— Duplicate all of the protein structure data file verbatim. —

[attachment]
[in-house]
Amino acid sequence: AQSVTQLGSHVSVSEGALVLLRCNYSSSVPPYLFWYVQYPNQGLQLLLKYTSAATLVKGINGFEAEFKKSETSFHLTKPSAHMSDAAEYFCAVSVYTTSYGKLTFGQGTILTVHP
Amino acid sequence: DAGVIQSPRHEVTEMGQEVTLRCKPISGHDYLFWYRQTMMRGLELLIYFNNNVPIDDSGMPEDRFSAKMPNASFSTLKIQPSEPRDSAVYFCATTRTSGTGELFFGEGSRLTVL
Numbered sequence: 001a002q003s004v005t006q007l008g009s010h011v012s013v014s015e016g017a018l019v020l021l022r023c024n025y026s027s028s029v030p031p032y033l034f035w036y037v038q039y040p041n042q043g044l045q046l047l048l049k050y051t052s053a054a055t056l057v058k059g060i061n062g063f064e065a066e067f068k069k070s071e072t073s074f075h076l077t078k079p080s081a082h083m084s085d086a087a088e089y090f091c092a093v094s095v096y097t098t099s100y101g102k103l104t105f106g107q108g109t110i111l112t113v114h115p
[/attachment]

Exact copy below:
[in-house]
Amino acid sequence: AQSVTQLGSHVSVSEGALVLLRCNYSSSVPPYLFWYVQYPNQGLQLLLKYTSAATLVKGINGFEAEFKKSETSFHLTKPSAHMSDAAEYFCAVSVYTTSYGKLTFGQGTILTVHP
Amino acid sequence: DAGVIQSPRHEVTEMGQEVTLRCKPISGHDYLFWYRQTMMRGLELLIYFNNNVPIDDSGMPEDRFSAKMPNASFSTLKIQPSEPRDSAVYFCATTRTSGTGELFFGEGSRLTVL
Numbered sequence: 001a002q003s004v005t006q007l008g009s010h011v012s013v014s015e016g017a018l019v020l021l022r023c024n025y026s027s028s029v030p031p032y033l034f035w036y037v038q039y040p041n042q043g044l045q046l047l048l049k050y051t052s053a054a055t056l057v058k059g060i061n062g063f064e065a066e067f068k069k070s071e072t073s074f075h076l077t078k079p080s081a082h083m084s085d086a087a088e089y090f091c092a093v094s095v096y097t098t099s100y101g102k103l104t105f106g107q108g109t110i111l112t113v114h115p